History of Fraser Downs
The history of modern harness racing goes back to colonial America, when roads were improved enough so that a light carriage could be driven with some speed. This early means of transportation grew into the sport of harness racing, which gained status as a major North American sporting event. The earliest competitions were between ordinary farmers, who had a natural curiosity about whose farm horse could go faster.
Jim H. Keeling Sr., is credited for bringing modern harness racing to British Columbia. Keeling was a natural sportsman, with his roots in hockey. In the 1950s a friend talked him into buying a harness horse, and from there Keeling went on to operate a stable in Ontario with Hall of Fame trainer and driver Keith Waples.
Keeling and Waples along with a third partner, Doug Gillespie, formed their parent company, Orangeville Raceway, northwest of Toronto. In 1969, he ventured west at an age when most men would have retired, to give the Fraser Valley Fair Board some help with a harness meet at Cloverdale. From this endeavour evolved Keeling’s ownership and operation of Cloverdale Raceway, which became the cornerstone of harness racing on the west coast when it opened in 1976. Four years later, Keeling and his partners also opened Sandown Raceway, just outside of Victoria. Because of Keeling’s industriousness, BC had two harness racing establishments and although both started modestly, they soon transformed standardbred racing into major spectator attractions.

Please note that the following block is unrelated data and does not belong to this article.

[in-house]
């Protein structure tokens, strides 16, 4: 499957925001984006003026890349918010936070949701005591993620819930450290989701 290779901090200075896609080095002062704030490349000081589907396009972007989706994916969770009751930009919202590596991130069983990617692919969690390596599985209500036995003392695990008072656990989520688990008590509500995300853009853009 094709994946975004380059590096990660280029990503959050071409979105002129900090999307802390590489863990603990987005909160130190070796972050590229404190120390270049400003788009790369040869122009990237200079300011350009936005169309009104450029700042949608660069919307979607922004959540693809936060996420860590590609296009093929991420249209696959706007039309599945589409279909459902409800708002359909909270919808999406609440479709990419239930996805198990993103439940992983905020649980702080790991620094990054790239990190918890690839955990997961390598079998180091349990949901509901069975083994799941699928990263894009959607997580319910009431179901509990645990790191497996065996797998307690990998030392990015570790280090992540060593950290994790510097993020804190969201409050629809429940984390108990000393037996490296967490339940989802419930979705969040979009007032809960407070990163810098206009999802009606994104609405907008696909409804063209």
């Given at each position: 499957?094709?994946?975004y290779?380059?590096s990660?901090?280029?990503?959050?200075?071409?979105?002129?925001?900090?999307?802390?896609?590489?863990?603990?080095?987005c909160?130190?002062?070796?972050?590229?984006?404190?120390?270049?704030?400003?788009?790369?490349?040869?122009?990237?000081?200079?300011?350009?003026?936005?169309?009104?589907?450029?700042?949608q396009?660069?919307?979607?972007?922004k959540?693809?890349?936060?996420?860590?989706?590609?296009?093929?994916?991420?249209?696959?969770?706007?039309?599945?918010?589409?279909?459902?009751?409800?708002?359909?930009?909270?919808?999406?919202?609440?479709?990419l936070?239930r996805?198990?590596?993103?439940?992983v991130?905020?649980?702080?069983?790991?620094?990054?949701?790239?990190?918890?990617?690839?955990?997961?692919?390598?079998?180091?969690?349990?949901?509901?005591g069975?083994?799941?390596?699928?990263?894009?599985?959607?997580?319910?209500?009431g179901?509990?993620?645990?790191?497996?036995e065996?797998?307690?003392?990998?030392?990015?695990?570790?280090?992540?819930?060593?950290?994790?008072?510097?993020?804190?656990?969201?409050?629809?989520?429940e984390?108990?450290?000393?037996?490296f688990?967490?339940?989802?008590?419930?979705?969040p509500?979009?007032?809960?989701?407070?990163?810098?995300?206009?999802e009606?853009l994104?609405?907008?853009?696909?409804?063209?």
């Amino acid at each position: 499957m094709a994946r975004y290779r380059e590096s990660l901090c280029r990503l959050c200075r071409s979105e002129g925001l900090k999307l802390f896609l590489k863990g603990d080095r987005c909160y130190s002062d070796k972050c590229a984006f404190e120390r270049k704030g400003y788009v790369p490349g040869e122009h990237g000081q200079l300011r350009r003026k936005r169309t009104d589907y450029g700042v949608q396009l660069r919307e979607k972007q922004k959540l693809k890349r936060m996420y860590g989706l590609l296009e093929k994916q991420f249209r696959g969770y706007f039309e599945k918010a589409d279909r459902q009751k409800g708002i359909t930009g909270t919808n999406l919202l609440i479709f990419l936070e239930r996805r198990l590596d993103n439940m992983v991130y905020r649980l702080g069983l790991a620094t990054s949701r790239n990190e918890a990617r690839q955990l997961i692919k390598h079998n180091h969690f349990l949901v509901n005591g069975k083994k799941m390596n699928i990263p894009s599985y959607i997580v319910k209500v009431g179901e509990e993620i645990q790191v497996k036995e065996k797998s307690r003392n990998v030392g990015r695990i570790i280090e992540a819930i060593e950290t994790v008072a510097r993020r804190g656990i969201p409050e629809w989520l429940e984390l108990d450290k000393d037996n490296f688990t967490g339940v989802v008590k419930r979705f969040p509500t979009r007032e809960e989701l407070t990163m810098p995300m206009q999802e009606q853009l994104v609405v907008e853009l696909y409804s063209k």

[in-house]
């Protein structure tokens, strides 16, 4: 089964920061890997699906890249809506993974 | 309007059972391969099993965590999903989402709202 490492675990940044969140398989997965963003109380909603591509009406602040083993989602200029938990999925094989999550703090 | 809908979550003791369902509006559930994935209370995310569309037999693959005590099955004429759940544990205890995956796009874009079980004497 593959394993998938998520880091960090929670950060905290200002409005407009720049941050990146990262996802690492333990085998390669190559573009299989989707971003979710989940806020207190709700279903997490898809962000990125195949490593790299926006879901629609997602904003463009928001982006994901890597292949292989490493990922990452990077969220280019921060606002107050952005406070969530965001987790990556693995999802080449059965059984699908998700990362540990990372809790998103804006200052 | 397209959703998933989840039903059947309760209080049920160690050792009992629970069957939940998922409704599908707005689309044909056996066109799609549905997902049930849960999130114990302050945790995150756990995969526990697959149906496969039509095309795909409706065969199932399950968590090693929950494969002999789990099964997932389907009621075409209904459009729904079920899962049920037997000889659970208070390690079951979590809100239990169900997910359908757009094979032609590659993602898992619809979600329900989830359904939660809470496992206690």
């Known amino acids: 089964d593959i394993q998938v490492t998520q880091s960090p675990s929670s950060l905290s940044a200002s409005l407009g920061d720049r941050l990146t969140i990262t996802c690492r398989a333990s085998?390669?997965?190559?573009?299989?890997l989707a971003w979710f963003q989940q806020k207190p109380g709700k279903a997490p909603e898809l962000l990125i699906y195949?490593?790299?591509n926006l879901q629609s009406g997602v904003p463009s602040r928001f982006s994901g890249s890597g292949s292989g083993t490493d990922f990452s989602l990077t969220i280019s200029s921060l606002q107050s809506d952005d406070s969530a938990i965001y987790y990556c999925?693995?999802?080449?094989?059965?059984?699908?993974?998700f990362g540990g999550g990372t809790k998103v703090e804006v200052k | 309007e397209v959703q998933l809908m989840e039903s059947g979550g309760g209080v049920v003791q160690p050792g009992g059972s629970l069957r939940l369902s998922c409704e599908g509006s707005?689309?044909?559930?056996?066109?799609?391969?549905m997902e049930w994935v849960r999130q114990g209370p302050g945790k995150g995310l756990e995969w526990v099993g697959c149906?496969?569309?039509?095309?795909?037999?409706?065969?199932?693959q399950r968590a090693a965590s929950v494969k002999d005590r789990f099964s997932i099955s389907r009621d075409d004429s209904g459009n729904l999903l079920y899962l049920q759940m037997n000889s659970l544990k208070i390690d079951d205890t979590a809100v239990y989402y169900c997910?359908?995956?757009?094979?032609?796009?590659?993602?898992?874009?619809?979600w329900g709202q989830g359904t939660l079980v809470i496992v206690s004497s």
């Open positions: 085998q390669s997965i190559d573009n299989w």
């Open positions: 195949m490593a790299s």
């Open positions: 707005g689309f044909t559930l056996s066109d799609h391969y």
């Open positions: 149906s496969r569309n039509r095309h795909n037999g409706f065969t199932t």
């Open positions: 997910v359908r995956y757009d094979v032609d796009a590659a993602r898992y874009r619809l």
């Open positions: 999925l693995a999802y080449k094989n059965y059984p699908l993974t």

In the early 1990s Jim Sr. eventually passed the torch of running the business to his son Jim Jr. Tragically, Jim Jr. died suddenly in 1996, and his son Chuck was put at the helm.
In 1996, Cloverdale Raceway underwent renovation and was renamed Fraser Downs.
What began as a research project in 1996 became a reality in 2003, when the province abandoned its policy of banning slot machines from BC horse racing tracks. Fraser Downs began an endless consultation and meeting process to receive proper licensing to operate the slots.
In December, 2003, Surrey City Council approved the addition of slot machines to Fraser Downs. Construction began later that month and the opening of a permanent Casino with over 400 slots opened in November 2004. The grand opening of the completely remodeled facility was held in October 2005, with hope the casino would stimulate harness racing on the west coast and help revitalize the Fraser Valley to one of the premier entertainment destination in the Lower Mainland.
Keeling had a vision, “The slot machines will win for us an opportunity to arrest our sport’s decline, attract many new people and substantially improve purses. All of us who love horse racing – operators, staff, fans and horse people – should be judged in the future by what we are now able to achieve.” Keeling has already proven that Fraser Downs will be judged for its visionary thinking and spirit, not unlike its founder was almost 40 years ago.
Jim Keeling Sr. who will be remembered as a pioneer of harness racing in BC was inducted into the Canadian Harness Racing Hall of Fame in 2001 and BC Harness Racing Hall of Fame in 2007. Had it not been for Keeling’s courage and vision, harness racing would likely have ceased to exist in BC.
Today Fraser Downs is a proud part of Great Canadian Gaming Corporation, British Columbia’s foremost casino and gaming operator, and the largest community-based gaming management company in Western Canada.